And to tell you about what was going on, I would like to talk about the deficiencies of the system itself. And by system, I don't simply mean the Aegis computer. I mean the complete interaction between man and machine. A little bit of the Human Centered System Approach would have gone a long way in this case. First, the Aegis cruisers were not designed for small-craft battles in the enclosed areas like the Persian Gulf. Instead, they were designed for all-out battles in the open sea with the Soviet Union. So that was a problem, especially when trying to track and fire upon those annoying little speedboats. The CIC also provided no actual view, no actual video, of the area and the situation outside. Dials and displays are nice, but it is also helpful to bring some reality to the area where the decisions are made. The CIC was also very dark, and the few lights it did have flickered every time the Vincennes fired at the speedboats. This was of special concern to Petty Officer Andrew Anderson, who first picked up Flight 655 on radar and thought it might be a commercial aircraft. As he was searching in the navy's listing of commercial flights, he apparently missed Flight 655 because it was so dark. There was a great deal of electronic and verbal confusion in the CIC as well. Capt Rogers and his key commanders where linked on a certain communications circuit. However, over half of the crew on the Vincennes had figured out a way to "tap into" the circuit to listen to everything that was going on. This drained the power on the circuit and forced some Lt to switch the frequency every now and then and call out "switch!" as loudly as he could while doing it. One problem that could have prevented the entire disaster also had to with Petty Officer Anderson. The first time he had beamed out his IFF query to the departing airplane, he had received back the signature of a commercial airplane. However, after someone had shouted out that it could be an F-14, Anderson used his IFF again, but this time received back the signature of a military airplane. Investigators later figured out that Anderson had forgotten to reset the range on the IFF device that he used and was actually getting back the signature of a military airplane on the ground in the Bandar Abbas airport, which begs the question: Why on earth should he have had to manually switch the range on his IFF device? Why couldn't it automatically switch itself? Nevertheless, that occurred, and then one of the forward guns jam med, and in an attempt to turn the ship around, the rapid movement forced all of the papers, books, and charts in the CIC to go flying off the tables. Two final comments about the system: the radar displays violated the Proximity Compatibility Principle. One device displaying the airplane's location was in a completely separate place fro m the device that described the plane's vertical action, adding to the confusion and errors. Finally, it was discovered that although the Aegis system can track several hundred objects in the air, it reuses its tracking numbers and can sometimes switch the tracking numbers of planes without any warning, which is what might have happened to the Vincennes according to a 2001 report by C. W. Fisher.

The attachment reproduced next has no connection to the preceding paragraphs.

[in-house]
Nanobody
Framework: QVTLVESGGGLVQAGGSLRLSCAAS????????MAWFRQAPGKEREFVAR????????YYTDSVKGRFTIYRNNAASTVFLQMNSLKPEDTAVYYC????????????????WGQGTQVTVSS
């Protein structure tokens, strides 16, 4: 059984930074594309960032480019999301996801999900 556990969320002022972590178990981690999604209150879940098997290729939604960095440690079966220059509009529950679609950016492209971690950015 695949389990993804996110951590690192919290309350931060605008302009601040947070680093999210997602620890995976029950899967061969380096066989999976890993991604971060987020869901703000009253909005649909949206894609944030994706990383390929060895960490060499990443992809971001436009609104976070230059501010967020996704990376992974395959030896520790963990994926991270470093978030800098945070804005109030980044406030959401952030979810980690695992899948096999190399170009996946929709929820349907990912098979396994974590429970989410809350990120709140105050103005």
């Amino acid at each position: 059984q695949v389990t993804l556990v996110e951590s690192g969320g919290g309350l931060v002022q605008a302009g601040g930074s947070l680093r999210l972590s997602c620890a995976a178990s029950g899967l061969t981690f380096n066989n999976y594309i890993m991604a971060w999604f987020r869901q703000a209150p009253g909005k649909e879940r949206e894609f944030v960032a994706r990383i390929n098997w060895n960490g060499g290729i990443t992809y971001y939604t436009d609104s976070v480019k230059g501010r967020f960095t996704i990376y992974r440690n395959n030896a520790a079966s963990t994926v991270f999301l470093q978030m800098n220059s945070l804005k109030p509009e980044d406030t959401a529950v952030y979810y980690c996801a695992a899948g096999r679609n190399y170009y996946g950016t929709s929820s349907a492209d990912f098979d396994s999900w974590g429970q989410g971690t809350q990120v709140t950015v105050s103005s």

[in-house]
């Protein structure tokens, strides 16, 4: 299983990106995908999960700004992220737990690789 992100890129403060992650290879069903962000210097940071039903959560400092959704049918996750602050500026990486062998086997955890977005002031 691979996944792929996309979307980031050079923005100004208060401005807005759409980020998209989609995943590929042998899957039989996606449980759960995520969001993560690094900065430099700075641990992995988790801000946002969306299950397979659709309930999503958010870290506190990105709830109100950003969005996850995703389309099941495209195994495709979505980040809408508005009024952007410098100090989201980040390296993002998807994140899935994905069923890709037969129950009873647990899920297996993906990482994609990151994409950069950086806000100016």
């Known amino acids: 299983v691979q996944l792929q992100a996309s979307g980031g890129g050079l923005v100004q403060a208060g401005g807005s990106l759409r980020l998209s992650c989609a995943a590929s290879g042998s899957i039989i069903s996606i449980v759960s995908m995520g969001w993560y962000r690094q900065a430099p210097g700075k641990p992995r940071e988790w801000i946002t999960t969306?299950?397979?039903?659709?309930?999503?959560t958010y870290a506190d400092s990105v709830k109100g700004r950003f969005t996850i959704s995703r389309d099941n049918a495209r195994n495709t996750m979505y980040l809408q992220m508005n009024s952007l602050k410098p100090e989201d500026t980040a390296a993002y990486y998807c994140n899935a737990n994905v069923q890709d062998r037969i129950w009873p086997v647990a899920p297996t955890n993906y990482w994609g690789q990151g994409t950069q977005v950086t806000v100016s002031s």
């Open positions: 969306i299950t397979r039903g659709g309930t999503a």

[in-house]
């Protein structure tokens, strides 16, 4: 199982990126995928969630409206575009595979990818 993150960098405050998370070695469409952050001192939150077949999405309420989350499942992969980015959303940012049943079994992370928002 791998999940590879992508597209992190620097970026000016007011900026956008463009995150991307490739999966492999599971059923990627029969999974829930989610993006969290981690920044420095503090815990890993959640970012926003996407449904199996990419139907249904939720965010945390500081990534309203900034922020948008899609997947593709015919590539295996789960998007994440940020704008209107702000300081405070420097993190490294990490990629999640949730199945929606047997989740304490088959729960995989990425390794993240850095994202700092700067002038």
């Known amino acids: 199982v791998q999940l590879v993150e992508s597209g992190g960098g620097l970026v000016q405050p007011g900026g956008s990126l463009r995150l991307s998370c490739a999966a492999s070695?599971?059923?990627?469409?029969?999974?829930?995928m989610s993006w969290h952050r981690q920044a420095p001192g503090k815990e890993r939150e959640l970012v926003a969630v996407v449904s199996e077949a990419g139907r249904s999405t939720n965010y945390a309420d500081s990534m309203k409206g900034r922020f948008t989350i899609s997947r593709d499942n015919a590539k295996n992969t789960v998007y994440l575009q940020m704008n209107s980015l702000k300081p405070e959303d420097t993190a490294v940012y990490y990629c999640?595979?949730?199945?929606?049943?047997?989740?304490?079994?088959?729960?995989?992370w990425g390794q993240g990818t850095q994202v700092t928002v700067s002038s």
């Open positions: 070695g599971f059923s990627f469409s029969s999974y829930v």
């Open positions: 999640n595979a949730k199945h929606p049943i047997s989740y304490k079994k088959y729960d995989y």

These limitations agree with the Cracked article as well.
In the comments section, you assert: "AEGIS is computerized, so it should contain radar signatures recognition" as well as "I do know how classifiers work. On images, sound, SONAR, RADAR, whatever.. And it's not some crappy airport radar, we're talking about one of most modern phased array radars" However, I would contend that you don't know how the AEGIS radar of 1988 worked. Especially given the thorough outline of the system interface as discussed in slide 15 as well as the Cracked article. And again, it doesn't matter what sort of resolution or differentiation the radar itself can make if the cursor and display do not present that information. The humans in the equation can still make mistakes, which seems to be the overall conclusion of MIT, international courts, and experts in the field. You seem to be conflating the capabilities of the AEGIS radar as it stands today, given advances we have made since 1988.